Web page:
Angela Jean McDonnell
    said

    Stella,

    That sounds really great! So you have corn and rye grass seeds and you'd like to grow them and treat them with contaminated water. What will the water be contaminated with? This sounds very interesting to me!

    I think you also need to consider what your control group  might be. If you are testing the effects of contaminated water, you might also need to grow some seeds without the contaminated water, too. Does that make sense?

    Keep me posted!

Stella
said

I was not in class today. So I do not have a question yet. But I have some I ideas one question that I might have is what would happen if you made it warm and it dropped or if it was cold and the temperature got warmer? Maybe we could see what would happen if there was to much or to little light. Another idea is what would happen if there were lots of seeds and lots of water, a little water and an average amount of water for a few seeds. We could see how the plantscompete for the nutrience because I still do not know   how they all compete for the water and sunshine and food. What do you think about these ideas? Thanks

    Angela Jean McDonnell
    said

    Hi Stella,

    I think changing temperatures are ok for some species. Think about springtime, when it is often colder at night and warmer during the day; many plants and seeds can tolerate those changes pretty well. Sometimes drastic changes in temperature like this on a daily cycle can help to break dormancy in plants.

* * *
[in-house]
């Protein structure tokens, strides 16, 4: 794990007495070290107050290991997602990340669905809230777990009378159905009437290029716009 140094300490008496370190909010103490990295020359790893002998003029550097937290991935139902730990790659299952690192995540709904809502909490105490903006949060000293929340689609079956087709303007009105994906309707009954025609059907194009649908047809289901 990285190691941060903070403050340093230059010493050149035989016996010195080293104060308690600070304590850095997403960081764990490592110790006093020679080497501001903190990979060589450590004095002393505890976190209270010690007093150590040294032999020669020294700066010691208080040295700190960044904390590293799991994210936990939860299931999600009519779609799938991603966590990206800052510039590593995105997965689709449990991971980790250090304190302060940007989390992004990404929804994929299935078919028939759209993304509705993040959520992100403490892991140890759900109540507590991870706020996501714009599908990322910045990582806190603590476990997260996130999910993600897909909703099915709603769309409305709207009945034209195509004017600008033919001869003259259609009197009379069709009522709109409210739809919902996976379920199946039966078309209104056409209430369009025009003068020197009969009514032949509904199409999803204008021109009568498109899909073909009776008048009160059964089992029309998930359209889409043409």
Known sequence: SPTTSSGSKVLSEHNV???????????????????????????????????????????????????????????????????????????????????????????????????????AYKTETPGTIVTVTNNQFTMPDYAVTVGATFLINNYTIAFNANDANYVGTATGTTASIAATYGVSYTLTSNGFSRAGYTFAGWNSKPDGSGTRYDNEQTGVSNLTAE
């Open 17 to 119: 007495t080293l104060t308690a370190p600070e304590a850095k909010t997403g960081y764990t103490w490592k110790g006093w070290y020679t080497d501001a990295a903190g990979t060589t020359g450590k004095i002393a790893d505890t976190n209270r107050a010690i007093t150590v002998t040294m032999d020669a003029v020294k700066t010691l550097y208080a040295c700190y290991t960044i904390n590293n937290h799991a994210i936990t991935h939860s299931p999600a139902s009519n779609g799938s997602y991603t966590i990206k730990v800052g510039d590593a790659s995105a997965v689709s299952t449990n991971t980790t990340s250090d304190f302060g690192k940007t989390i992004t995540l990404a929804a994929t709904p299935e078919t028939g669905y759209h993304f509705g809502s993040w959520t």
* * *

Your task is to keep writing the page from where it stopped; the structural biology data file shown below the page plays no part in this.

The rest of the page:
I think an experiment where you might test competition sounds very interesting! I like your ideas on that topic so far. What does your group think?

Matt
said

Dear Angel,

One thing I learned today was that plants compete with each other to get nutrients, water, and living space. one way they do this is they use chemicals.  what chemicals do they use?

sincerely,

Matt

    Angela Jean McDonnell
    said

    Hi Matt,

    Different species of plants that use chemicals to ward off or inhibit the growth of other nearby plant competitors can use all kinds of molecules to do so. The one I know best is in Black Walnut trees. The roots of the trees produce juglone which inhibits almost anything from growing underneath the trees. This allows all the nearby water and nutrients to be used almost exclusively by the tree and prevents competition for resources. 

    Check it out: https://www.extension.iastate.edu/news/2005/jul/070701.htm